Provided by: libroar-dev_0.4-2_amd64 bug

NAME

       roartut - RoarAudio sound library developer tutorial

DESCRIPTION

       This  tutorial  descipes  some  basics  with working with libroar. We will create a simple
       application that can play a file and one that  can  play  some  sines.   A  lot  of  other
       examples can be found in RoarAudio's sources in the roarclients directory.

       This  tutorial  will  cover some basics of the so called VS API.  The VS API is a abstract
       layer ontop of the normal API. It is designed to be simple yet powerful. The VS API is all
       you need for most applications. If you need more control over what you do you must use the
       normal. If you need only a little of those extra power you can mix VS API and normal API.

PLAYING A FILE

       Playing back a file is a easy task with libroar. The VS API has some  special  support  to
       play back files in a very simple way. This is shown here.

       First of all we need to include the needed header files:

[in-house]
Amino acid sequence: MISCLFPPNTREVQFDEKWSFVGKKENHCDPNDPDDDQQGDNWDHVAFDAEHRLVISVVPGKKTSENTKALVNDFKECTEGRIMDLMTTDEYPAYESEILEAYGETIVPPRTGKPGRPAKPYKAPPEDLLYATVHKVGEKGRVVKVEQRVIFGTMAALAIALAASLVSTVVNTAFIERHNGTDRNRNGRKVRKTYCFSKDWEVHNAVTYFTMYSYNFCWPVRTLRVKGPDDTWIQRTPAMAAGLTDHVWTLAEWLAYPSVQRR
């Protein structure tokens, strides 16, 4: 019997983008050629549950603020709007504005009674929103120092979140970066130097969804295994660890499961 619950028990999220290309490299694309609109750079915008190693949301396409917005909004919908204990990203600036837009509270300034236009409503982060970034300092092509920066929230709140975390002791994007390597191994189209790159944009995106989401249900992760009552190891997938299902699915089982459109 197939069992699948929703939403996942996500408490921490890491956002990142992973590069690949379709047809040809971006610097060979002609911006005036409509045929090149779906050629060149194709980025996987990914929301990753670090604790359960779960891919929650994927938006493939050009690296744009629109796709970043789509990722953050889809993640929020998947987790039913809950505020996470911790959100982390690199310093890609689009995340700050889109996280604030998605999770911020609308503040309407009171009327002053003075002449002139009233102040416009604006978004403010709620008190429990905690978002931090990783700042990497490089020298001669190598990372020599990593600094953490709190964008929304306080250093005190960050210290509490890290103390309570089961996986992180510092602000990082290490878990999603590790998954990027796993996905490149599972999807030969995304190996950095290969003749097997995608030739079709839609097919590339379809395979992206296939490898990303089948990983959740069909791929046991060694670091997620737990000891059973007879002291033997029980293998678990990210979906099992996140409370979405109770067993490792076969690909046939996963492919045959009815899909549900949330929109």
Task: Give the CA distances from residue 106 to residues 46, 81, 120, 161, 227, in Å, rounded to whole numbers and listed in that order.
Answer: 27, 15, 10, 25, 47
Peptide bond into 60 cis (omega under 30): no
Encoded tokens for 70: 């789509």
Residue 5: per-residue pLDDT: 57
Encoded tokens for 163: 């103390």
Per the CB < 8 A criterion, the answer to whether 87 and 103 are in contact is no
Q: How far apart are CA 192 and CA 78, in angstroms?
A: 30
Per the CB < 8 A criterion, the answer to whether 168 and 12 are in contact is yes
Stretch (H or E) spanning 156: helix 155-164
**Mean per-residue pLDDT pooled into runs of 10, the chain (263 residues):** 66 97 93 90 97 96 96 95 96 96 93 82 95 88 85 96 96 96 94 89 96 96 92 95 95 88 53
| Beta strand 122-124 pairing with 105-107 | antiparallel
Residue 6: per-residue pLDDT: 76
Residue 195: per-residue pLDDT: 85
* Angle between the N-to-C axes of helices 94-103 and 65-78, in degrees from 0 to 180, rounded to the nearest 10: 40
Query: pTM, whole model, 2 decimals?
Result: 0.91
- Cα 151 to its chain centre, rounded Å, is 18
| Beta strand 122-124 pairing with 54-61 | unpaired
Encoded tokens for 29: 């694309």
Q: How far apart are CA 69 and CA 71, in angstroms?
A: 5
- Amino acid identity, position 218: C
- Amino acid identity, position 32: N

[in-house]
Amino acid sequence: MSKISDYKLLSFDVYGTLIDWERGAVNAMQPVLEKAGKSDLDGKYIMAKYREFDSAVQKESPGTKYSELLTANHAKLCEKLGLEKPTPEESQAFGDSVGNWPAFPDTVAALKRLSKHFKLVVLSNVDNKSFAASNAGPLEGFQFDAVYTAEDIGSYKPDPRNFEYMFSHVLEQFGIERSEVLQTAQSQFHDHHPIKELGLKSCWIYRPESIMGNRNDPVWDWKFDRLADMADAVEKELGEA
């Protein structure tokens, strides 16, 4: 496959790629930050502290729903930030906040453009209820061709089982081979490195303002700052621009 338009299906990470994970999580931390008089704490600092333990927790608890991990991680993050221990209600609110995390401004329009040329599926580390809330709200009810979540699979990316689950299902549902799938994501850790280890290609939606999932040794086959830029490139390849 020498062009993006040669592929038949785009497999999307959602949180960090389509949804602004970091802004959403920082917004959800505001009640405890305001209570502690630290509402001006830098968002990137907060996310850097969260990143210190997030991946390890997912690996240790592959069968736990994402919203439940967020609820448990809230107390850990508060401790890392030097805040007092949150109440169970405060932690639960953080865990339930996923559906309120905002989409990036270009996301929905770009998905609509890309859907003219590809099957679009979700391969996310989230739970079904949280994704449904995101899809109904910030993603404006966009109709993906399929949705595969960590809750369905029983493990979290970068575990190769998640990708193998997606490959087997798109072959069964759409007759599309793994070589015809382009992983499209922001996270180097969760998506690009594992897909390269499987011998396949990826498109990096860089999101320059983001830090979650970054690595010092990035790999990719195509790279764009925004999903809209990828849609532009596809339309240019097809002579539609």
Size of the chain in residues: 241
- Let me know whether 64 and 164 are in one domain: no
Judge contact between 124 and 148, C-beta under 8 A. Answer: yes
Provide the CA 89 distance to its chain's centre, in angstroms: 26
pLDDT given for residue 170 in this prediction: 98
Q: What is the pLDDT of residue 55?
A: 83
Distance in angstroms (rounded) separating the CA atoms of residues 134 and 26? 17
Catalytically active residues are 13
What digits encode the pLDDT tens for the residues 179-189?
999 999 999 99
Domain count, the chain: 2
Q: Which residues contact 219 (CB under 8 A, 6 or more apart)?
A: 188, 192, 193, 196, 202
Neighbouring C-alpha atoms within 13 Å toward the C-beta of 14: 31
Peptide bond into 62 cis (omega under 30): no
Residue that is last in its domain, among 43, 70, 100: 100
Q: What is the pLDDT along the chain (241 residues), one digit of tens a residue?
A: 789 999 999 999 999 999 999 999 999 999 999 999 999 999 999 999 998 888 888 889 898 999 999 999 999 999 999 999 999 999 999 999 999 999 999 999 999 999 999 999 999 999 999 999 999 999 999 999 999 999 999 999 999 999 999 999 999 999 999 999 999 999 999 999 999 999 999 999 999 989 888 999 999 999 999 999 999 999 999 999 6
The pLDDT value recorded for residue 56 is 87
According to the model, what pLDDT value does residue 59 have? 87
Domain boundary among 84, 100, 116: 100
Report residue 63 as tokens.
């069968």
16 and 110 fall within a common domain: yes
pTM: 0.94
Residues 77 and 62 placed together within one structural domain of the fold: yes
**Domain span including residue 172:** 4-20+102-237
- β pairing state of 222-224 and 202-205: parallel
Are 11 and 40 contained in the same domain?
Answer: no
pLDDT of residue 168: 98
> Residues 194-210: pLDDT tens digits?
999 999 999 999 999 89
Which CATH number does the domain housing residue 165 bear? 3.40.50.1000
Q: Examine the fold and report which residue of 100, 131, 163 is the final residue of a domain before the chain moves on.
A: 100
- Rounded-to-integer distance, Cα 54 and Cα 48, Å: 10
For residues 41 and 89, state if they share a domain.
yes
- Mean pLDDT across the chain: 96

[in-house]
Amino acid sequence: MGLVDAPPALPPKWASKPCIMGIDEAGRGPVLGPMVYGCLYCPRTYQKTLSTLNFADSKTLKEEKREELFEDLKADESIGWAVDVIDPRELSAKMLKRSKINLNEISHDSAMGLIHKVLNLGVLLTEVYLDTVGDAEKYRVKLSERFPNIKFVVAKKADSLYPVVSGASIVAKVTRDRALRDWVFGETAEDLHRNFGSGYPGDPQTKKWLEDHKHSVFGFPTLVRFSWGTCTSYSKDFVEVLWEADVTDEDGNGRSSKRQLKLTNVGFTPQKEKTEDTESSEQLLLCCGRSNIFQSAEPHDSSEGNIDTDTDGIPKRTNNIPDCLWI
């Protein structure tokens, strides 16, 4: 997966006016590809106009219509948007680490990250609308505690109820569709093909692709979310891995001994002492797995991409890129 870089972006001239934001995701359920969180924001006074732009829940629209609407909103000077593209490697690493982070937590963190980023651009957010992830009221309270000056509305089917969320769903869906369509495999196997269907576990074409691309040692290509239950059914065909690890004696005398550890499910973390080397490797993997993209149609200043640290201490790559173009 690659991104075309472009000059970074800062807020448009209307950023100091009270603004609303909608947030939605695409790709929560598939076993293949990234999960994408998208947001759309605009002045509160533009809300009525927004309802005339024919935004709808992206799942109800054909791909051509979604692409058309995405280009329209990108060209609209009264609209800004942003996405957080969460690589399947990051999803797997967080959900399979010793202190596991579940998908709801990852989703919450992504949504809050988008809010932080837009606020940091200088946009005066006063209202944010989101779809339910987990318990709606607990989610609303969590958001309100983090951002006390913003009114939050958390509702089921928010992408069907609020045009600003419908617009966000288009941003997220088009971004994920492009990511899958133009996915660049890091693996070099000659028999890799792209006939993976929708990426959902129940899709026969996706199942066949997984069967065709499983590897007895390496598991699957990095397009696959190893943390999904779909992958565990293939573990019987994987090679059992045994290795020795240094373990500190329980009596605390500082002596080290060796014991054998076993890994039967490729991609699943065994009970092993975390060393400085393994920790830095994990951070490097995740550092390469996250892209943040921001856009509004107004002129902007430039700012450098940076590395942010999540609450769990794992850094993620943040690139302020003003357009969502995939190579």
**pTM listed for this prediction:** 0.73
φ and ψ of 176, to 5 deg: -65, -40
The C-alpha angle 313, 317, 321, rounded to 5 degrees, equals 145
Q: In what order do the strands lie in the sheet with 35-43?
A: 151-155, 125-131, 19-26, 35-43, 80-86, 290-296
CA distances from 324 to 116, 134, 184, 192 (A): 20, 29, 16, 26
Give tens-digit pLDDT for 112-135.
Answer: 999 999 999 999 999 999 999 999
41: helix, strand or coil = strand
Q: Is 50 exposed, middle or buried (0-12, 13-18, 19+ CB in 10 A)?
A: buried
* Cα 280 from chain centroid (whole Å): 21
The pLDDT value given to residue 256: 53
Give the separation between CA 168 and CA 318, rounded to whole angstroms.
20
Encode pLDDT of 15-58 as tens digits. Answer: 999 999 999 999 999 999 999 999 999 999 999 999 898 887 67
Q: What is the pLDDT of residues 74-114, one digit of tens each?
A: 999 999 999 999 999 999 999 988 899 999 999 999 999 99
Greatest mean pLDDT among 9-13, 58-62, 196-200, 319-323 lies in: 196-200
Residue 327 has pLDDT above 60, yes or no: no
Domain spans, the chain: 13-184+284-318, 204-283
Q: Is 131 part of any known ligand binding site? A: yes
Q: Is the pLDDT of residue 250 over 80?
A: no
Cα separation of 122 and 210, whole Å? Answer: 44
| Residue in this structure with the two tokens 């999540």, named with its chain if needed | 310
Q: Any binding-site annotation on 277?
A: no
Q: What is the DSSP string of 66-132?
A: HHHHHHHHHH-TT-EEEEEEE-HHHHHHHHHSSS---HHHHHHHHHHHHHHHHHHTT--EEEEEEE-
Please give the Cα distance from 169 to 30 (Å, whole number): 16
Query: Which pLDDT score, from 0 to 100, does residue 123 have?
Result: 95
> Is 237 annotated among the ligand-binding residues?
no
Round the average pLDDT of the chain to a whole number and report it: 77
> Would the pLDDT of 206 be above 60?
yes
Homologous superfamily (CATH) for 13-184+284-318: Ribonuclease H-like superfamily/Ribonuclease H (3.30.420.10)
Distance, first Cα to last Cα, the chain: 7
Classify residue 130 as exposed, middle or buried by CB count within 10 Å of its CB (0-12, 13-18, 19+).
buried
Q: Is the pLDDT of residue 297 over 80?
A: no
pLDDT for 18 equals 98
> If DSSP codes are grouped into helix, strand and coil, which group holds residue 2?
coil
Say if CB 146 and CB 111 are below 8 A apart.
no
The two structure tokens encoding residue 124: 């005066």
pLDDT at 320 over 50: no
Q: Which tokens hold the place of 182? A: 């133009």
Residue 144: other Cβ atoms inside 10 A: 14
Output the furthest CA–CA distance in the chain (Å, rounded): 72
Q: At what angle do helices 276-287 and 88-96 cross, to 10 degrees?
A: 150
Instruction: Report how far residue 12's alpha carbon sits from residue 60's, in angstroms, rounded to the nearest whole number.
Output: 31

#include <roaraudio.h>  /* libroar */

       This main header already includes all we need to use the VS API.

       Now  we  can  start our main(). We need to declare a object for the VS API as it is object
       oriented. This object is used to interact with the server and send all audio data to it:
        roar_vs_t * vss;
        int err; /* see later */

       Next we need to open the connection to the server. The most simple function to do this  is
       roar_vs_new_from_file(3) if we are going to play a file.  It takes the folloing arguments:

       server address
              This is the address of the server. In general case This should be set to NULL.

       program name
              This  is  the  name  of  our program. This should be set to some name the user will
              recognize like "some App", "some Game". It should not contain the filename  of  the
              process like "/usr/bin/someapp.bin".

       file name
              This  is  the name of the file we want to play. In fact this is a URL.  VS API uses